EconoChef: $3 Top Ramen

I'm trying to get a new camera, okay?

It’s not that I’m cheap (which I surely am), it’s that I prefer to save my money to buy certain things I enjoy and go without other amenities that may befit someone in this day and age.  For example: I will spend a pretty dollar on high quality food for my culinary adventures, but I will not throw away my black dress shoes that I found near a dumpster in 2001 and that has many holes in it for a new pair.  Or I will spend a lot of money on my drinking hobbies (dependencies? Who invited you, Freud?), but I won’t buy a new bed so that my feet aren’t current dangling off the mattress. It’s a give and take situation.  But with the current state of the economy we all must find ways to cut corners and food is usually one of the first places to cut from.   But you would be surprised at all the good food you can make with what you already have in your kitchen.  So in a series that I am calling EconoChef, I will take something that is cheap and unfulfilling and just by changing/adding an ingredient or two will change that 98¢ bargain bin rice cake into a meal that will have your friends offering to pay you money to cook for them.  If that does happen, I would ask you give me a cut.  I’m trying to start a racket here.

The only thing in the picture that matter are the Ramen and the Beef Stock. Everything else I already had.

After a summer where I ate nothing else (seriously, breakfast, lunch, dinner) I could not even smell Top Ramen and keep from gagging.  And after revisiting it so many years later, I can still understand why.  It is a thin, measly meal, one that offers no nutrition and will fill up your stomach but never really satisfy you.  This is because they have taken out half of the equation that can make authentic ramen so yummy: the broth.  Instead of a broth that has been cared for and cooked for hours, we get this:


BEGONE, FOUL DEMON!  Instead, go out and get yourself some chicken, beef, or vegetable broth and use that instead.  You could also use stock instead (broth is made from boiling meat and is clear and clean, stock is made from boiling bones and it is hearty and rich).  Suddenly you will have the beginnings of a culinary delight!  I say beginnings because now you have to go and make your broth/stock taste good.  This leads me to the first hint at cooking on a budget: Spend all your of money on condiments, and know what they all taste like.  Make sure you’re up to your elbows with herbs and spices, keep all the shelves on your fridge door stocked with goodies from all over the store.  Study and see how each of them is used and what tastes they bring to the party.  In this case salt and pepper can work, of course, but so can soy sauce, hoison sauce, chili sauce, sesame seed oil, chili oil, wasabi, red pepper flakes, etc.  Crushed garlic and ginger always do the trick in Asian dishes, and they come pre-crushed in jars if you want to save yourself the time.  Hell, you could even use the packet that you took out of the Tap Ramen package, just don’t use too much as the broth/stock is already salty.  Instead of ending up with saltsoup, you’ll have a broth that is deep, rich and enjoyable.  And cook your noodles in the broth, too, goddammit!  We’re banging on all cylinders over here, get with the program.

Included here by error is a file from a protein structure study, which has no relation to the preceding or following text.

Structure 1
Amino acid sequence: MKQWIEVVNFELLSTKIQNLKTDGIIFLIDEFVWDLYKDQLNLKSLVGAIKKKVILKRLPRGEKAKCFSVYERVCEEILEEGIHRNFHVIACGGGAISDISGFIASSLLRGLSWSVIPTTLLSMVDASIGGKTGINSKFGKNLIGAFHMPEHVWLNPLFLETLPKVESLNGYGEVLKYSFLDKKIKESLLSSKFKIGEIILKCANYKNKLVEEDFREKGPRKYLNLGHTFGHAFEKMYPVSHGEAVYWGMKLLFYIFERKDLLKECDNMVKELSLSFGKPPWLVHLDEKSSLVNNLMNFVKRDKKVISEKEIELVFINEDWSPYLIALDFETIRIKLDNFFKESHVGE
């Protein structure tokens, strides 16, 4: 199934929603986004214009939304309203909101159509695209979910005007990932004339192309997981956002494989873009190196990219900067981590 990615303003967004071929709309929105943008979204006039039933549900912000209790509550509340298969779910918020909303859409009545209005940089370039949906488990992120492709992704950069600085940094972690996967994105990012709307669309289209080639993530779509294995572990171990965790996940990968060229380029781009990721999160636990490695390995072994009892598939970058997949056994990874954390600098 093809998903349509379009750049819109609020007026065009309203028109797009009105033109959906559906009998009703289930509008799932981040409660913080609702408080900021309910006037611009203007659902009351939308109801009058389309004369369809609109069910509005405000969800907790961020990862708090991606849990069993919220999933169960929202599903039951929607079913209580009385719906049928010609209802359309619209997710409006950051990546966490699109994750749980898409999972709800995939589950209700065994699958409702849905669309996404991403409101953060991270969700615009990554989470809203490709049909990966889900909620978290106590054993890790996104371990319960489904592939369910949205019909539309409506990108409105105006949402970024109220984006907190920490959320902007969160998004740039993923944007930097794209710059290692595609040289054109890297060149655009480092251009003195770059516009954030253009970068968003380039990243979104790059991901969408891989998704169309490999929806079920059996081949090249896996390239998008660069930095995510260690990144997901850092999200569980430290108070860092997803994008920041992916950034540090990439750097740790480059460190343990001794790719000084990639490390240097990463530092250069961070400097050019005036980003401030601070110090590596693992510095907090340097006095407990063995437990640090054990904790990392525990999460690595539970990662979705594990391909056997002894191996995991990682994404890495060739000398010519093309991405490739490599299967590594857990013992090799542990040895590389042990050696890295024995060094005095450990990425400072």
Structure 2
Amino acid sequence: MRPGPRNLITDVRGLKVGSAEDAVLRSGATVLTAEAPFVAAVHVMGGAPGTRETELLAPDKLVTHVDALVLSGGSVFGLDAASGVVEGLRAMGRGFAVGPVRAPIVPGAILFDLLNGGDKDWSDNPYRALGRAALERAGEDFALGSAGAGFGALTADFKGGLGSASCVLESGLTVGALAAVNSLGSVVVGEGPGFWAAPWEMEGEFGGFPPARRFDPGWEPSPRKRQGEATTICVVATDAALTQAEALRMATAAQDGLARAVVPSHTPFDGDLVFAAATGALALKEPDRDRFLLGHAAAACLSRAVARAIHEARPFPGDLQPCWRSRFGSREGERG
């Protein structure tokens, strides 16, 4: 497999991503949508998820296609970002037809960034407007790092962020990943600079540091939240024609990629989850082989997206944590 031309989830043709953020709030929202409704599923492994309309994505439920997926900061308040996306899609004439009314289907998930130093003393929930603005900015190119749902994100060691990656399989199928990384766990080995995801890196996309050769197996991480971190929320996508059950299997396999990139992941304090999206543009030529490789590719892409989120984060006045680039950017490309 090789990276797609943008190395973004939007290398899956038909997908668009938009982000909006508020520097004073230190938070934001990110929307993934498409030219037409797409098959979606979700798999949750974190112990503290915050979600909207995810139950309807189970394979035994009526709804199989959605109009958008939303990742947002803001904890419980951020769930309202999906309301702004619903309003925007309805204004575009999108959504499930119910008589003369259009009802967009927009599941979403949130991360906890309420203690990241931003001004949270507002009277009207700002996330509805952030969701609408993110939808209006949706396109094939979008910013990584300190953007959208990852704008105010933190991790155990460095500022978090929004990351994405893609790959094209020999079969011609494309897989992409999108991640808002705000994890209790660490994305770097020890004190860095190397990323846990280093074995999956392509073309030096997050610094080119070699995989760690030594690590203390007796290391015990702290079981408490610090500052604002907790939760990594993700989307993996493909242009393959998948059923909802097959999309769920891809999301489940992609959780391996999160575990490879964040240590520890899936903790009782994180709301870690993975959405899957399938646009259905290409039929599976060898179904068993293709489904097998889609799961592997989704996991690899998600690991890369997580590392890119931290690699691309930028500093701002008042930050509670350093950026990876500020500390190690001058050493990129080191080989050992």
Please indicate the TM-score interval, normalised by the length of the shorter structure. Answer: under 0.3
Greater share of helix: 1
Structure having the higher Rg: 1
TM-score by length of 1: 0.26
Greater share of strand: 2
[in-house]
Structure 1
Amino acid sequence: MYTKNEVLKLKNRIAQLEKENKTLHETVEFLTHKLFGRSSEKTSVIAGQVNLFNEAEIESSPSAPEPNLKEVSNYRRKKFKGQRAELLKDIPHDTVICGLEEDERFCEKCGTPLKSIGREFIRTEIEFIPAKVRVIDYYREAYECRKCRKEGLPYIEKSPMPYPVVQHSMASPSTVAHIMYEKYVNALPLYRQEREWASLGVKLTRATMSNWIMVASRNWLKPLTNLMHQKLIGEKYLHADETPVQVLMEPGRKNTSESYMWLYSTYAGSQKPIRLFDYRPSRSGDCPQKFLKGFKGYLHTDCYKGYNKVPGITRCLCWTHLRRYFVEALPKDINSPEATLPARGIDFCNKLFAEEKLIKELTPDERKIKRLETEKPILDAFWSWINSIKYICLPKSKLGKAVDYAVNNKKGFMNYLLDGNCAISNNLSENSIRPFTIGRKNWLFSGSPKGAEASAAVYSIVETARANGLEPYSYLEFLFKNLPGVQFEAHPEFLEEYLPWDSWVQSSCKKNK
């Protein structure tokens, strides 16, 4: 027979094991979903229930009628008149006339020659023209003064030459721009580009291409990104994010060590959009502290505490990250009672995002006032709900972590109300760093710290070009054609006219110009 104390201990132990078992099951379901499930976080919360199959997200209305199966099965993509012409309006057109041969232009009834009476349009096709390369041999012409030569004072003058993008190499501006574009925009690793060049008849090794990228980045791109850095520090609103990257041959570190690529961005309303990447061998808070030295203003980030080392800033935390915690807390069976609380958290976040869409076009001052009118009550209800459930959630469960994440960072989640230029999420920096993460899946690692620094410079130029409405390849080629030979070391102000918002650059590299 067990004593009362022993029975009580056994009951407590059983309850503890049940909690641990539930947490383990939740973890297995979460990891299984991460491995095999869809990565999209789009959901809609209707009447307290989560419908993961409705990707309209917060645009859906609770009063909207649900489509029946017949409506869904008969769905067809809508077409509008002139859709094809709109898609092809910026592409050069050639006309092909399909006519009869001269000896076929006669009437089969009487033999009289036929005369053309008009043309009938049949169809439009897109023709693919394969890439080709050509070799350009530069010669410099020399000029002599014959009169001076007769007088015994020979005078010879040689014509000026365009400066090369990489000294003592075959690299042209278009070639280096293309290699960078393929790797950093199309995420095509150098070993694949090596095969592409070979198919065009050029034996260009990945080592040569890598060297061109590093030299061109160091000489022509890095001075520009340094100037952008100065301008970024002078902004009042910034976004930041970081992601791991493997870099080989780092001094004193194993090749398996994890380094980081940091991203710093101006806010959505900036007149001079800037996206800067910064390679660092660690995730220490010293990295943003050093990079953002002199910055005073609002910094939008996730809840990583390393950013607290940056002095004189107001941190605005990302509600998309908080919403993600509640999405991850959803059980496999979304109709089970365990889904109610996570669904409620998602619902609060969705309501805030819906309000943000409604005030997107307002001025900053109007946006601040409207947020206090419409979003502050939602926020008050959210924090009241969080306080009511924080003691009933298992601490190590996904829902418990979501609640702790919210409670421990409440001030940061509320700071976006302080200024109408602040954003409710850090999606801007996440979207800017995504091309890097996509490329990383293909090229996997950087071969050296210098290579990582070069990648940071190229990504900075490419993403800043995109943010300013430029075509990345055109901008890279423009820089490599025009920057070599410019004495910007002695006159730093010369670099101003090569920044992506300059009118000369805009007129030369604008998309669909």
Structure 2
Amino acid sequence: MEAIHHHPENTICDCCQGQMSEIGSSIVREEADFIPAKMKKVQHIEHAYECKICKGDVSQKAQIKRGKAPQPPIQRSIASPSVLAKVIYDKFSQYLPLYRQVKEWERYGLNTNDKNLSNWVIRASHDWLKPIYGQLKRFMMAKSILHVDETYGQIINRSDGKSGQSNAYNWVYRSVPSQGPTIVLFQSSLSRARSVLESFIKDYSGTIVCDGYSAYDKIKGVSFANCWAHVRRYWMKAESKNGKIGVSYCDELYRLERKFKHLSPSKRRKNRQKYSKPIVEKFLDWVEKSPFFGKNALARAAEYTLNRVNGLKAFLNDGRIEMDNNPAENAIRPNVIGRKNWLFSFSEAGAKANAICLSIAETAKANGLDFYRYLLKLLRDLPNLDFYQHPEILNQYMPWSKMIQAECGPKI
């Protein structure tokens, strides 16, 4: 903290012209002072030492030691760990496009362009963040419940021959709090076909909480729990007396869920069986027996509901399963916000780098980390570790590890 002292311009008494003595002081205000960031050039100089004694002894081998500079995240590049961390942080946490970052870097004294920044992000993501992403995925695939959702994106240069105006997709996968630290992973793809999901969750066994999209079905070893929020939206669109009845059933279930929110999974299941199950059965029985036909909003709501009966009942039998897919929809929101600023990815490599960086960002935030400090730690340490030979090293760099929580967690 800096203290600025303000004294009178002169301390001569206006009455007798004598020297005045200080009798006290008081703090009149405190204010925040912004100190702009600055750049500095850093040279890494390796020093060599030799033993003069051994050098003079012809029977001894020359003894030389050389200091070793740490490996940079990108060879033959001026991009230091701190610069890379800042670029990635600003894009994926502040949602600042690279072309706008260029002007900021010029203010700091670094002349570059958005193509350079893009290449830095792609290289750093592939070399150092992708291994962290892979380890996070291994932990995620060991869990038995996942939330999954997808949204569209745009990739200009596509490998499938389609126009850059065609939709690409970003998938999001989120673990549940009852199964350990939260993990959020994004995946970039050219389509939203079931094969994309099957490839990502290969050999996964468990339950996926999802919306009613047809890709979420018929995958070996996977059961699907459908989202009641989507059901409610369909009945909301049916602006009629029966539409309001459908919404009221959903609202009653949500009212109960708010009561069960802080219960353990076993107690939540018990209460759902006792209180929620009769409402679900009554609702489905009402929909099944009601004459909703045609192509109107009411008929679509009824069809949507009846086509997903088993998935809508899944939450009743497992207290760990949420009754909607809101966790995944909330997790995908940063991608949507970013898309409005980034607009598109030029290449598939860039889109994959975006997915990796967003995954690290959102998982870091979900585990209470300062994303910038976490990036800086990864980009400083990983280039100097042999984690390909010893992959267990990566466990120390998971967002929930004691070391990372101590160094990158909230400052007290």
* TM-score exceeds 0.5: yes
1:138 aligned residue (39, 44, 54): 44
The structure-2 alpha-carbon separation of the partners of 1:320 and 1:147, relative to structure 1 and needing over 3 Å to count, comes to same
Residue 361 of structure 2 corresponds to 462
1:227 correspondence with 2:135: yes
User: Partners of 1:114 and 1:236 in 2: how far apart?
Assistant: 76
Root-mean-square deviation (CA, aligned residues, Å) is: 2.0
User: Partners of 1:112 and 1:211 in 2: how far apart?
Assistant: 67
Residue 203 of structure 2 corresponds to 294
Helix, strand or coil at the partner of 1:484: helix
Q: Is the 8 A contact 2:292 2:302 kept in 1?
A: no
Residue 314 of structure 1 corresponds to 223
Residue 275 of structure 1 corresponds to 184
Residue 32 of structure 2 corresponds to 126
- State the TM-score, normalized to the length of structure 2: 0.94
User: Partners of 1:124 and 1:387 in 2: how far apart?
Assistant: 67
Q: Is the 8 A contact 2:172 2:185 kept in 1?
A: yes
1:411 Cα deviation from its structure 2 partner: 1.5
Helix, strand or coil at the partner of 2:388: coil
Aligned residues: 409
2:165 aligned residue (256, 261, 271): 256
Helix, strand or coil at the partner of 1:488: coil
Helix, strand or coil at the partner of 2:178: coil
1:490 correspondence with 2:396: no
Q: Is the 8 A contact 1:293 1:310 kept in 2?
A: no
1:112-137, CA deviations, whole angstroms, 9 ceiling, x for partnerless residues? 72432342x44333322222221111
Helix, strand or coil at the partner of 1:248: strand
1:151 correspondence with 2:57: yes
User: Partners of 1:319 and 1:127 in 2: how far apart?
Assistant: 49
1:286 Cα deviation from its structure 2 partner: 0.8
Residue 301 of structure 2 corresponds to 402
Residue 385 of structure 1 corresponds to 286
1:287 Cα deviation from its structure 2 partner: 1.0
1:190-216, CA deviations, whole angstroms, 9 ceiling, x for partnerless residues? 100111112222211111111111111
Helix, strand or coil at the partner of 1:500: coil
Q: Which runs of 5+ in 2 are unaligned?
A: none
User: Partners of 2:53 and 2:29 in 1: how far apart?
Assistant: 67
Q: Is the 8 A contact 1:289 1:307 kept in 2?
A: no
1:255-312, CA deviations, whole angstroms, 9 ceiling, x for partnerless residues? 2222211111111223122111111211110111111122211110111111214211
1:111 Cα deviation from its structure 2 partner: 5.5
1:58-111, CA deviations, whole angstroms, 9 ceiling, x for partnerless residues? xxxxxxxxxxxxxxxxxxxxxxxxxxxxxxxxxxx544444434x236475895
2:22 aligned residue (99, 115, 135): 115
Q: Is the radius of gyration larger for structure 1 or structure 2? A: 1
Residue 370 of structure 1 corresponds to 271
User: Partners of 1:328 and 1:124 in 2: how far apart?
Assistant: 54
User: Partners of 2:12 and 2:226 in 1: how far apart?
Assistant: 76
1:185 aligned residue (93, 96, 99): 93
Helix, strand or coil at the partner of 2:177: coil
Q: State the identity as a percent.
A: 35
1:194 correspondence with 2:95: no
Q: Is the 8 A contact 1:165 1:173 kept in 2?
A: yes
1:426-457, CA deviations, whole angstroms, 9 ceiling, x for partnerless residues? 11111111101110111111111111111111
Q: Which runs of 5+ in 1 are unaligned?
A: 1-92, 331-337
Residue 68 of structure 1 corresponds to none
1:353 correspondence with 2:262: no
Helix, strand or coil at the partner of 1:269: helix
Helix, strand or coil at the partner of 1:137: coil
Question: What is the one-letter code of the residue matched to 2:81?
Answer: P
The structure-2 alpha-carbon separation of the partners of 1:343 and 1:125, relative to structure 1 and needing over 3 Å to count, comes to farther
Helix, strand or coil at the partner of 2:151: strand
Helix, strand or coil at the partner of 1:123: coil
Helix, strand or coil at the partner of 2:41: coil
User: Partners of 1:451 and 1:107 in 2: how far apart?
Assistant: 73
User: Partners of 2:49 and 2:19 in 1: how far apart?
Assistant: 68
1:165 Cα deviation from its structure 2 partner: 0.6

And it doesn’t have to stop there!  After it’s all finished, additions like corn, eggs, seaweed (if you already got it) and actual meat will put the dish over the top.  I used thin (and cheap) beef strips cut for stir-fries, and some cut up green onions as a garnish.  I also used a more expensive beef broth to start with, but there are some that cost less than a dollar. Not counting the meat and my hoity-toity food preferences, the meal would cost me less than $3.  With three dollars, you don’t have shitty, pre-packaged Top Ramen anymore, you have a meal that will fool your friends and yourself.